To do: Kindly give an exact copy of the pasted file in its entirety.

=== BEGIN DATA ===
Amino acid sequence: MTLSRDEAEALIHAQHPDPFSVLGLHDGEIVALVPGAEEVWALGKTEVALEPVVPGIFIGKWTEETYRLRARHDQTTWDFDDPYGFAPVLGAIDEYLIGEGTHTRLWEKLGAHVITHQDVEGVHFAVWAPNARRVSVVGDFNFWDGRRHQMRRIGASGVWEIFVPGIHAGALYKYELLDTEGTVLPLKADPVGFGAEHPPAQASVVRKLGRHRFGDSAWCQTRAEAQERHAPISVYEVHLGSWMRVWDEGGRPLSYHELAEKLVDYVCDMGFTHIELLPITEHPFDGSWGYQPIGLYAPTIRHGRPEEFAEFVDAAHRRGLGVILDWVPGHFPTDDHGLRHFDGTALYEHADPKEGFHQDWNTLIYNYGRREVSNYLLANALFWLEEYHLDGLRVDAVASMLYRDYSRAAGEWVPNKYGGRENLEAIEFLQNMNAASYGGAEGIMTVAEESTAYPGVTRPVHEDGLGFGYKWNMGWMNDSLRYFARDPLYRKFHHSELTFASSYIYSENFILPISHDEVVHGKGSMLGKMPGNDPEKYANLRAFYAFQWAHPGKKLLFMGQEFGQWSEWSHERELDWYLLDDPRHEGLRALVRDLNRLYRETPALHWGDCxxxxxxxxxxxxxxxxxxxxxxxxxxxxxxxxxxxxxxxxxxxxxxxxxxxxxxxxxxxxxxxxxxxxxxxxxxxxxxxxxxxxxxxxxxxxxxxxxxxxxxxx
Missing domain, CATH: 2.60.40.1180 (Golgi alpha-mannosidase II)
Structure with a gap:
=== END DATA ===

Amino acid sequence: MTLSRDEAEALIHAQHPDPFSVLGLHDGEIVALVPGAEEVWALGKTEVALEPVVPGIFIGKWTEETYRLRARHDQTTWDFDDPYGFAPVLGAIDEYLIGEGTHTRLWEKLGAHVITHQDVEGVHFAVWAPNARRVSVVGDFNFWDGRRHQMRRIGASGVWEIFVPGIHAGALYKYELLDTEGTVLPLKADPVGFGAEHPPAQASVVRKLGRHRFGDSAWCQTRAEAQERHAPISVYEVHLGSWMRVWDEGGRPLSYHELAEKLVDYVCDMGFTHIELLPITEHPFDGSWGYQPIGLYAPTIRHGRPEEFAEFVDAAHRRGLGVILDWVPGHFPTDDHGLRHFDGTALYEHADPKEGFHQDWNTLIYNYGRREVSNYLLANALFWLEEYHLDGLRVDAVASMLYRDYSRAAGEWVPNKYGGRENLEAIEFLQNMNAASYGGAEGIMTVAEESTAYPGVTRPVHEDGLGFGYKWNMGWMNDSLRYFARDPLYRKFHHSELTFASSYIYSENFILPISHDEVVHGKGSMLGKMPGNDPEKYANLRAFYAFQWAHPGKKLLFMGQEFGQWSEWSHERELDWYLLDDPRHEGLRALVRDLNRLYRETPALHWGDCxxxxxxxxxxxxxxxxxxxxxxxxxxxxxxxxxxxxxxxxxxxxxxxxxxxxxxxxxxxxxxxxxxxxxxxxxxxxxxxxxxxxxxxxxxxxxxxxxxxxxxxx
Missing domain, CATH: 2.60.40.1180 (Golgi alpha-mannosidase II)
Structure with a gap: